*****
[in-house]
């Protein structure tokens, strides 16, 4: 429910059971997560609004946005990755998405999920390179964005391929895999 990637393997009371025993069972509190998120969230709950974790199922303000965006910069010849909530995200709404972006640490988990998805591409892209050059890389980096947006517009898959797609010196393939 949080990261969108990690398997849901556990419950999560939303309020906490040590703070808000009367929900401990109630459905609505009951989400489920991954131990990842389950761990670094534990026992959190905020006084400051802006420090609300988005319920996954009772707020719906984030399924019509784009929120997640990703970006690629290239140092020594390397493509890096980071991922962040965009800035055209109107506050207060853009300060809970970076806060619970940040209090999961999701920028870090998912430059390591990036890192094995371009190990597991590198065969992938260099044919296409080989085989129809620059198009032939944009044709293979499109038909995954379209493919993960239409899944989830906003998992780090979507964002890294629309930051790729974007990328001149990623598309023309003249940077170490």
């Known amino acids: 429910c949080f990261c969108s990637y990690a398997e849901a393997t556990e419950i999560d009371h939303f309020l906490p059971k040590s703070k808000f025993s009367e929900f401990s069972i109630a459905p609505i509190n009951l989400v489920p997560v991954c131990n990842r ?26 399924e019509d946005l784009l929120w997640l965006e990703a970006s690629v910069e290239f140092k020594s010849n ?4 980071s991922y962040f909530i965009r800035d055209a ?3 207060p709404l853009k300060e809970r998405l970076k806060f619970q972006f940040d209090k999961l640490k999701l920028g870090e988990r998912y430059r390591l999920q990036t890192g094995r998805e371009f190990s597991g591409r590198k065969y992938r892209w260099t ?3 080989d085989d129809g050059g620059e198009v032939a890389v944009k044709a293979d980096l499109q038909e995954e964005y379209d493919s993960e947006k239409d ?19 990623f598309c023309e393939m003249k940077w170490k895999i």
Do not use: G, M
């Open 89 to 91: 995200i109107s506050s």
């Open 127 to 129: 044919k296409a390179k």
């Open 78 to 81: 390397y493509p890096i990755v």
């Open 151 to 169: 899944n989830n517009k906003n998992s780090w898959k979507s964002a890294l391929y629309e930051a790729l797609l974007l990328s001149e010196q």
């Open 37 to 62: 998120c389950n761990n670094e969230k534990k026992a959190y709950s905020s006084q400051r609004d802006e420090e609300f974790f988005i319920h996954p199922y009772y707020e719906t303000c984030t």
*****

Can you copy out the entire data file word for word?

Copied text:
[in-house]
């Protein structure tokens, strides 16, 4: 429910059971997560609004946005990755998405999920390179964005391929895999 990637393997009371025993069972509190998120969230709950974790199922303000965006910069010849909530995200709404972006640490988990998805591409892209050059890389980096947006517009898959797609010196393939 949080990261969108990690398997849901556990419950999560939303309020906490040590703070808000009367929900401990109630459905609505009951989400489920991954131990990842389950761990670094534990026992959190905020006084400051802006420090609300988005319920996954009772707020719906984030399924019509784009929120997640990703970006690629290239140092020594390397493509890096980071991922962040965009800035055209109107506050207060853009300060809970970076806060619970940040209090999961999701920028870090998912430059390591990036890192094995371009190990597991590198065969992938260099044919296409080989085989129809620059198009032939944009044709293979499109038909995954379209493919993960239409899944989830906003998992780090979507964002890294629309930051790729974007990328001149990623598309023309003249940077170490």
């Known amino acids: 429910c949080f990261c969108s990637y990690a398997e849901a393997t556990e419950i999560d009371h939303f309020l906490p059971k040590s703070k808000f025993s009367e929900f401990s069972i109630a459905p609505i509190n009951l989400v489920p997560v991954c131990n990842r ?26 399924e019509d946005l784009l929120w997640l965006e990703a970006s690629v910069e290239f140092k020594s010849n ?4 980071s991922y962040f909530i965009r800035d055209a ?3 207060p709404l853009k300060e809970r998405l970076k806060f619970q972006f940040d209090k999961l640490k999701l920028g870090e988990r998912y430059r390591l999920q990036t890192g094995r998805e371009f190990s597991g591409r590198k065969y992938r892209w260099t ?3 080989d085989d129809g050059g620059e198009v032939a890389v944009k044709a293979d980096l499109q038909e995954e964005y379209d493919s993960e947006k239409d ?19 990623f598309c023309e393939m003249k940077w170490k895999i």
Do not use: G, M
């Open 89 to 91: 995200i109107s506050s």
């Open 127 to 129: 044919k296409a390179k």
């Open 78 to 81: 390397y493509p890096i990755v």
């Open 151 to 169: 899944n989830n517009k906003n998992s780090w898959k979507s964002a890294l391929y629309e930051a790729l797609l974007l990328s001149e010196q």
């Open 37 to 62: 998120c389950n761990n670094e969230k534990k026992a959190y709950s905020s006084q400051r609004d802006e420090e609300f974790f988005i319920h996954p199922y009772y707020e719906t303000c984030t």